Lifetime substance abuse, family history of alcohol abuse/dependence and novelty seeking in eating disorders: Comparison study of eating disorder subgroups
Article first published online: 15 JAN 2009
© 2009 The Authors. Journal compilation © 2009 Japanese Society of Psychiatry and Neurology
Psychiatry and Clinical Neurosciences
Volume 63, Issue 1, pages 82–87, February 2009
How to Cite
Krug, I., Pinheiro, A. P., Bulik, C., Jiménez-Murcia, S., Granero, R., Penelo, E., Masuet, C., Agüera, Z. and Fernández-Aranda, F. (2009), Lifetime substance abuse, family history of alcohol abuse/dependence and novelty seeking in eating disorders: Comparison study of eating disorder subgroups. Psychiatry and Clinical Neurosciences, 63: 82–87. doi: 10.1111/j.1440-1819.2008.01908.x
- Issue published online: 15 JAN 2009
- Article first published online: 15 JAN 2009
- Received 20 February 2008; revised 22 September 2008; accepted 25 September 2008.
- anorexia nervosa;
- bulimia nervosa;
- eating disorders;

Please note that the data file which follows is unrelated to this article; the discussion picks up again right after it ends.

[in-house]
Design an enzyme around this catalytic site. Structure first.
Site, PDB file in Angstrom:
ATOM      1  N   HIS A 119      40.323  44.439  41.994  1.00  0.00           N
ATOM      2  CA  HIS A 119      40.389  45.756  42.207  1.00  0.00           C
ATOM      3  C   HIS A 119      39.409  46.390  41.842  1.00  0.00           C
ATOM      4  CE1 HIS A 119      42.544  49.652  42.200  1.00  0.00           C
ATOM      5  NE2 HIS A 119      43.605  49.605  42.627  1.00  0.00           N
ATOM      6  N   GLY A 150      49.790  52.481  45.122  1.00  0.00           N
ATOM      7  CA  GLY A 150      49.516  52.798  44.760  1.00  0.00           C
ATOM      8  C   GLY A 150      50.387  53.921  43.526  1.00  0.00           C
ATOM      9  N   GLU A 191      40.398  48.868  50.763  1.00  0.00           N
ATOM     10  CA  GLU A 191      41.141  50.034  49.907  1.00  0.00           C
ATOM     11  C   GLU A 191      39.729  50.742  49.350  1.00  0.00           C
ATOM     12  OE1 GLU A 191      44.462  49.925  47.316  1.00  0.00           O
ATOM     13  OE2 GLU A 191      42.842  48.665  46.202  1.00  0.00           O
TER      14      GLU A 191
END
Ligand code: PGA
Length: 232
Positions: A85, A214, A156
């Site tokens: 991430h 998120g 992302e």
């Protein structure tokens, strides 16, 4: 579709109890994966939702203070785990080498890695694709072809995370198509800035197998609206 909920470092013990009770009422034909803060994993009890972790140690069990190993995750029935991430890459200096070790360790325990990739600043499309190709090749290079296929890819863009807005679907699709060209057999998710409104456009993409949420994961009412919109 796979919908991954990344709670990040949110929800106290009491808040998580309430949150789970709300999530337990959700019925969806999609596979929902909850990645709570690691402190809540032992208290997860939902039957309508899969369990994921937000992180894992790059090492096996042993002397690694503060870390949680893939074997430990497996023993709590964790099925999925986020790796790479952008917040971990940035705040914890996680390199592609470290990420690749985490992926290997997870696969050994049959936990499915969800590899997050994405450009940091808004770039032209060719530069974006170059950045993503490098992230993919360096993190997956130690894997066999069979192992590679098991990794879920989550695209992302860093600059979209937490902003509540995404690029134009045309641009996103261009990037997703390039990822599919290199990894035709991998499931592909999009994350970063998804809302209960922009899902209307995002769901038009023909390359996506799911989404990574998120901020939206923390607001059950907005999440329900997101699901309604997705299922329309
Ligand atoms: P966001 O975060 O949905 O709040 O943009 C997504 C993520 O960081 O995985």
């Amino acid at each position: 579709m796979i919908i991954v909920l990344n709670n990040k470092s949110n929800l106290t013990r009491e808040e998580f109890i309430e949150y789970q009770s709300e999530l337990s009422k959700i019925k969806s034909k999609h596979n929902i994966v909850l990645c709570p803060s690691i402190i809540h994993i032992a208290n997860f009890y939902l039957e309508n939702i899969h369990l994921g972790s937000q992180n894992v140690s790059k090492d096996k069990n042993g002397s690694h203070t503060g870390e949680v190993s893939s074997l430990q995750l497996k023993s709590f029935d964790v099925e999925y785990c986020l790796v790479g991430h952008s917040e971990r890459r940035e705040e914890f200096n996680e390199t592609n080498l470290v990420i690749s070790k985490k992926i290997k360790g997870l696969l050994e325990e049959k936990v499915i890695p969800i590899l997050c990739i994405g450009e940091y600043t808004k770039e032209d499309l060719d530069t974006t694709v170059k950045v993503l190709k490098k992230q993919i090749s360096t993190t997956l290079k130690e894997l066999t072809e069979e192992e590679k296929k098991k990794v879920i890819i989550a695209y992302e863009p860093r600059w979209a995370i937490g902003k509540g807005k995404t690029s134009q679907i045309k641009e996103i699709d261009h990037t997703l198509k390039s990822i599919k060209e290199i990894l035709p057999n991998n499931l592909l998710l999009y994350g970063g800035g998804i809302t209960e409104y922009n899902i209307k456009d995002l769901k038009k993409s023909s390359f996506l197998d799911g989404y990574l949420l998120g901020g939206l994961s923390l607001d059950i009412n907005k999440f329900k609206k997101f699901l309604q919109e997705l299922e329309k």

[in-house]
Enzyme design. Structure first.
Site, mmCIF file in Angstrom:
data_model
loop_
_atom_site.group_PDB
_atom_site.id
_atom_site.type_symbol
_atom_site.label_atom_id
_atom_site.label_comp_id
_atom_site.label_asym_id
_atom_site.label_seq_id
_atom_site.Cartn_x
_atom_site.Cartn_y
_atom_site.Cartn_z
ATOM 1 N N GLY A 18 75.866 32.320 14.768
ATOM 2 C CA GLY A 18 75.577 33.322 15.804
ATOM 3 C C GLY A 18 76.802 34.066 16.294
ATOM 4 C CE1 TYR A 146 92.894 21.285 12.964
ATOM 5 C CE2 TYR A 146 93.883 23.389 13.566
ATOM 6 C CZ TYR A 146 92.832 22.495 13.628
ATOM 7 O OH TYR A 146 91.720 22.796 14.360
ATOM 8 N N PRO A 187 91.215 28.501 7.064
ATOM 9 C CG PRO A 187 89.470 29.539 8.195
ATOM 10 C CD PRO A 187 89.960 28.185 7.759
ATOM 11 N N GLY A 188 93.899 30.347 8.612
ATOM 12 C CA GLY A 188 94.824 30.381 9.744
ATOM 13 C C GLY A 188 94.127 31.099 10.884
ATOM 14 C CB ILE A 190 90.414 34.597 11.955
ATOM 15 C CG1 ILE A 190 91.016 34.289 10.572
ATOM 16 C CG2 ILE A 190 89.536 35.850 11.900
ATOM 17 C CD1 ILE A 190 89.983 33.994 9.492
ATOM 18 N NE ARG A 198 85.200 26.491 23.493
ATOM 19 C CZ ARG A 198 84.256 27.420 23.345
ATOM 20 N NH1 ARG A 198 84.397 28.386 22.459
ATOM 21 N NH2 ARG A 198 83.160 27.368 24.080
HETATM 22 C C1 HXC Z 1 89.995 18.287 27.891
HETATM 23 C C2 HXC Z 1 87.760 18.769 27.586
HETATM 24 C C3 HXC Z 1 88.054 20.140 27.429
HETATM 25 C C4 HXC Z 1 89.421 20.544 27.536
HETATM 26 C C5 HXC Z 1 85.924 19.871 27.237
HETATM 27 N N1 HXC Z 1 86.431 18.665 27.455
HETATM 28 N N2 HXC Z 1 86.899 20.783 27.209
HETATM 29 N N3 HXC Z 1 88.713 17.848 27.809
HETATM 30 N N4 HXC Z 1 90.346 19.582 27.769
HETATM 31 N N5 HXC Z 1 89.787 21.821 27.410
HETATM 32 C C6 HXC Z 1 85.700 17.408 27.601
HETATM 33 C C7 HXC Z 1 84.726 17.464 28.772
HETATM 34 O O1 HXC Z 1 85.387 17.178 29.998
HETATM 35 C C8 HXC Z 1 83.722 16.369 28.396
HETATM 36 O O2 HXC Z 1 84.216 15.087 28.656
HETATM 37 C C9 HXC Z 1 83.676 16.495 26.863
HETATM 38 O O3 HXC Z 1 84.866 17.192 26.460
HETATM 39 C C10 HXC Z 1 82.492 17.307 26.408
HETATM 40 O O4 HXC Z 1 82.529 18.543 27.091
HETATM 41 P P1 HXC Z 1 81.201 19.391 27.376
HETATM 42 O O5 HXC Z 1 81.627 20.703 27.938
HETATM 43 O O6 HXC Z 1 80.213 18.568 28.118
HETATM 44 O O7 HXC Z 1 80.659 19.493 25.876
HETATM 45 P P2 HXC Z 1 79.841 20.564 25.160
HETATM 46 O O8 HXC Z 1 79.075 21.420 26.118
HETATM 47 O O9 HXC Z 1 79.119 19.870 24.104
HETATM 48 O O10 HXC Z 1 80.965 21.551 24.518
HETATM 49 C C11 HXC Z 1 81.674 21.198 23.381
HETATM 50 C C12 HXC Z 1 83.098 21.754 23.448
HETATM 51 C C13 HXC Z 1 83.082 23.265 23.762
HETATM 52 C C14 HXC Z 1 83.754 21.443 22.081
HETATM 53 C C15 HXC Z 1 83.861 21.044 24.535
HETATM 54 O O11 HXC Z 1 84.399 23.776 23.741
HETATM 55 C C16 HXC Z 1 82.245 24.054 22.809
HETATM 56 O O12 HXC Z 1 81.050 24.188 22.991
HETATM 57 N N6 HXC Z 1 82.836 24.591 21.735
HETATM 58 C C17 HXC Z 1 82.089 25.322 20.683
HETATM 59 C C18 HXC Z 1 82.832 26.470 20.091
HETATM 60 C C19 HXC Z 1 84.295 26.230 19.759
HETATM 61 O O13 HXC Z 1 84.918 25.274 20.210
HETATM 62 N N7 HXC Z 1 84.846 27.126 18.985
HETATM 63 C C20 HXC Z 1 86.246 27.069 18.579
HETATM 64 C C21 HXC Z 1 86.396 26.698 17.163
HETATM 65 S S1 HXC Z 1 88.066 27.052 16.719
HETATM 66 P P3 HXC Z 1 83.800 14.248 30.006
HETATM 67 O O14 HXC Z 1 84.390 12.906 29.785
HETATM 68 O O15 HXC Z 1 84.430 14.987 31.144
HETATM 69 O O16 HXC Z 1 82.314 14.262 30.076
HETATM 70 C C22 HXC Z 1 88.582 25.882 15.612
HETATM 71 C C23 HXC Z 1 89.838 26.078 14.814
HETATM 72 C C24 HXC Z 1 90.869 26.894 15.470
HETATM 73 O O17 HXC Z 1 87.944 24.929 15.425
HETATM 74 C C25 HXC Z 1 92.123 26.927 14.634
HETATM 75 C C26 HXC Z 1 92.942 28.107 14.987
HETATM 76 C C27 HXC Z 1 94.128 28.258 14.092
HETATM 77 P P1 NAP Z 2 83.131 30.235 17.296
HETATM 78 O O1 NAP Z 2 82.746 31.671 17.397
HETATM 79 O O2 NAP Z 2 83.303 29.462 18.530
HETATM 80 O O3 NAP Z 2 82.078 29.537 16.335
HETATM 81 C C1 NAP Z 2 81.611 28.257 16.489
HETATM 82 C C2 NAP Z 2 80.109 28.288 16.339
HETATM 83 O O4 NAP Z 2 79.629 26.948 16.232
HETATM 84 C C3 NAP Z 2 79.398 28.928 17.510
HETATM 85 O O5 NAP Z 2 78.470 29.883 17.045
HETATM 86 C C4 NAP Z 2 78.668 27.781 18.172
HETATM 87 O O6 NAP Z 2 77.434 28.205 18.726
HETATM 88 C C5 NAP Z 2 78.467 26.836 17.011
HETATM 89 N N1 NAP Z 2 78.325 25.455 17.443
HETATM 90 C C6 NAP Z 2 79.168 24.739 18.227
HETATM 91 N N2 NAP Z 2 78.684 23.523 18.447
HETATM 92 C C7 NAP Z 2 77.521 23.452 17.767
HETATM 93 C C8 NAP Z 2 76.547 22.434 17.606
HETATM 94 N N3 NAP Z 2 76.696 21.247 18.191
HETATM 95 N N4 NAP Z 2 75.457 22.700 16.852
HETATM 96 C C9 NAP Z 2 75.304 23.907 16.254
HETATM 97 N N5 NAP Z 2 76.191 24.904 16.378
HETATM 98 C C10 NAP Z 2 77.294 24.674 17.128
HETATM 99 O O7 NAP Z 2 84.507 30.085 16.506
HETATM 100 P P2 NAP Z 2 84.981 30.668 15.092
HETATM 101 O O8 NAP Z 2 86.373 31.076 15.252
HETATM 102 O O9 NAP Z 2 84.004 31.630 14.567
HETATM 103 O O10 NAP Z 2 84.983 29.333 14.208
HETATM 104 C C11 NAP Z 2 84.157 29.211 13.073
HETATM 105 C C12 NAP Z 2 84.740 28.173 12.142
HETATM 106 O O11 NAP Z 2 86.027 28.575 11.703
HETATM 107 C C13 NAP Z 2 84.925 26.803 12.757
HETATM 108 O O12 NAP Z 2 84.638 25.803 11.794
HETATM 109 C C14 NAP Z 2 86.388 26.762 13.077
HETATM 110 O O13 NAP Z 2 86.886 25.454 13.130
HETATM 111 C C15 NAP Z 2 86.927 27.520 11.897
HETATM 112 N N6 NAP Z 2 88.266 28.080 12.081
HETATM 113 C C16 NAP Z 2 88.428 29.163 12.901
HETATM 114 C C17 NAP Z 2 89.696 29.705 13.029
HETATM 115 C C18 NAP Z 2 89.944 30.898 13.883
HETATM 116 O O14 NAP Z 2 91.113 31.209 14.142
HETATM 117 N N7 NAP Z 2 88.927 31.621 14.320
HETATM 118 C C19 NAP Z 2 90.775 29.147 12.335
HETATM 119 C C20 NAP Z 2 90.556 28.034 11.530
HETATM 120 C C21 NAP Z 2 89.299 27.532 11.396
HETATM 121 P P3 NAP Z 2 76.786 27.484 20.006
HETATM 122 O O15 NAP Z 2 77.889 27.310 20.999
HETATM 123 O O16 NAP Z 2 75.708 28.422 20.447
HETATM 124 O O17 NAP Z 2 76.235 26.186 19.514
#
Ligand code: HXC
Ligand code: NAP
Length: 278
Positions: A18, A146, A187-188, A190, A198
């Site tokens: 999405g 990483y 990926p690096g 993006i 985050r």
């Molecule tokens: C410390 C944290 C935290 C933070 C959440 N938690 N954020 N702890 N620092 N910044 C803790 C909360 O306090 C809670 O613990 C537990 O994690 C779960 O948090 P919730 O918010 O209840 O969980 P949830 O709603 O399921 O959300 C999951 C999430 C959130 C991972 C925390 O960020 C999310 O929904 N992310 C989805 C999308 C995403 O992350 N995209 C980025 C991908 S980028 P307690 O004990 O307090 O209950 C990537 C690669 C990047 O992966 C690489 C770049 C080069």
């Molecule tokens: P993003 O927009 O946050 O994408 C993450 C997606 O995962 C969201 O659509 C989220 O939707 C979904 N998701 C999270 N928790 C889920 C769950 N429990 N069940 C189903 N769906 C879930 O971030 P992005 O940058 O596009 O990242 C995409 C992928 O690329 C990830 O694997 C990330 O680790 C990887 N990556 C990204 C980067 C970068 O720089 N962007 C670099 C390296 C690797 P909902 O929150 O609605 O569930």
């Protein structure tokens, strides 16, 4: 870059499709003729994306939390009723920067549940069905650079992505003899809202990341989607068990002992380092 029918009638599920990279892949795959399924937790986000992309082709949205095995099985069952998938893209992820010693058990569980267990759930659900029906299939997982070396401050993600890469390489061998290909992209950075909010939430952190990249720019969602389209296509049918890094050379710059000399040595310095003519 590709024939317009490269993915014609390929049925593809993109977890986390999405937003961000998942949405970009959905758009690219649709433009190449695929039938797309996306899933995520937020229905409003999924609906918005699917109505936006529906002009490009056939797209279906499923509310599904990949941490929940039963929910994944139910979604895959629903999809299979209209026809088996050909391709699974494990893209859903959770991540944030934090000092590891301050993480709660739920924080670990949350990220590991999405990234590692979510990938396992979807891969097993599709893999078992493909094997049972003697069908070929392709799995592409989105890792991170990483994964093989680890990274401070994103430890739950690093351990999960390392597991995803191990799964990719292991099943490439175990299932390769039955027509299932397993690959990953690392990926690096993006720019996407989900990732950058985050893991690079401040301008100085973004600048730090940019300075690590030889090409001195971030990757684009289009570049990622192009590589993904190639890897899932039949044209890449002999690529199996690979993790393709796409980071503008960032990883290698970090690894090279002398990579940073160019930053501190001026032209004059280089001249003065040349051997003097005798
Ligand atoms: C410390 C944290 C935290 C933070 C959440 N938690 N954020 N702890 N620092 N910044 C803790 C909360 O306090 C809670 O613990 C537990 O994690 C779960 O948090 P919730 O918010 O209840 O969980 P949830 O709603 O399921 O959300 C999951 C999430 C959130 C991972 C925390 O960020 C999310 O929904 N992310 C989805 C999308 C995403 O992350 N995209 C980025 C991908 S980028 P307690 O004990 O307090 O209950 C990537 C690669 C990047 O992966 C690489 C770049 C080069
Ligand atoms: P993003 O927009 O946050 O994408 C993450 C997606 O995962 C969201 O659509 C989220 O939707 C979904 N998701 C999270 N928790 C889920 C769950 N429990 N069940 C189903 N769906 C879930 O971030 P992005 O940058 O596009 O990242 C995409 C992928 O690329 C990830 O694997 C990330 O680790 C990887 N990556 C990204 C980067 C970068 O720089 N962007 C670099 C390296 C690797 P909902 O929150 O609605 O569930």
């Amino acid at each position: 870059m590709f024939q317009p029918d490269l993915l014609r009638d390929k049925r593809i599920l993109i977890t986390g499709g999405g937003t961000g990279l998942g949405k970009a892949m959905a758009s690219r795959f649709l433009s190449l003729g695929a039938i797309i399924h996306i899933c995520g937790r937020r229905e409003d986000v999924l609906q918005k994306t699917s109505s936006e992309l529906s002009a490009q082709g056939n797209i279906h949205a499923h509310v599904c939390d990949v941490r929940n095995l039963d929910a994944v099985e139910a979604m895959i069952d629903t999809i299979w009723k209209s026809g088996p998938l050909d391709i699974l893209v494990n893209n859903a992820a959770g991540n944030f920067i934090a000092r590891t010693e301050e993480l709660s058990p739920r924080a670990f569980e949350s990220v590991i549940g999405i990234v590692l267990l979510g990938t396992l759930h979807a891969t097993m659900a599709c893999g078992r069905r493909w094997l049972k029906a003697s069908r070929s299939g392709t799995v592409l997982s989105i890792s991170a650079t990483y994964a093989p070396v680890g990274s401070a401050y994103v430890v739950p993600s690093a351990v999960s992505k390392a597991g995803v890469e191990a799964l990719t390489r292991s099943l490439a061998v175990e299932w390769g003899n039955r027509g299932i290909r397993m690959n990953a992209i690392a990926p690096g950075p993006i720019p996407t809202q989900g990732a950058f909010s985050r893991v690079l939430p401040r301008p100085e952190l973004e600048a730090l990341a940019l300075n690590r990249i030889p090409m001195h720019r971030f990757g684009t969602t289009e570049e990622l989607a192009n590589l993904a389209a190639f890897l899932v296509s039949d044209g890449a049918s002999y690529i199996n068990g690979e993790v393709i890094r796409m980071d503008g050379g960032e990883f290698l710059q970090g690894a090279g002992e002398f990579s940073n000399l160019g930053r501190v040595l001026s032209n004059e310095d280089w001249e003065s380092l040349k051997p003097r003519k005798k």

- substance abuse
Aim: To assess lifetime substance abuse, family history of alcohol abuse/dependence, and novelty seeking in three different eating disorder groups (anorexia nervosa–restrictive; anorexia nervosa–binge eating/purging; anorexia nervosa to bulimia nervosa).
Method: A total sample of 371 eating disorder patients participated in the current study. Assessment measures included the prevalence of substance abuse and family history of alcohol abuse/dependence as well as the novelty-seeking subscale of the Temperament and Character Inventory–Revised.
Results: Significant differences across groups were detected for lifetime substance abuse, with anorexia nervosa–restrictive individuals exhibiting a significant lower prevalence than the anorexia nervosa to bulimia nervosa and anorexia nervosa–binge eating/ purging patients (P < 0.01). For family history of alcohol abuse/dependence the same pattern was observed (P = 0.04). Novelty seeking was associated with substance abuse (P = 0.002), with the anorexia nervosa to bulimia nervosa group exhibiting significantly higher scores on the novelty-seeking scale than the other two groups (P < 0.001). But family history of alcohol abuse/dependence was not related to novelty seeking (P = 0.092).
Conclusion: Lifetime substance abuse appears to be more prevalent in anorexia nervosa patients with bulimic features. Higher novelty-seeking scores may be associated with diagnosis cross-over.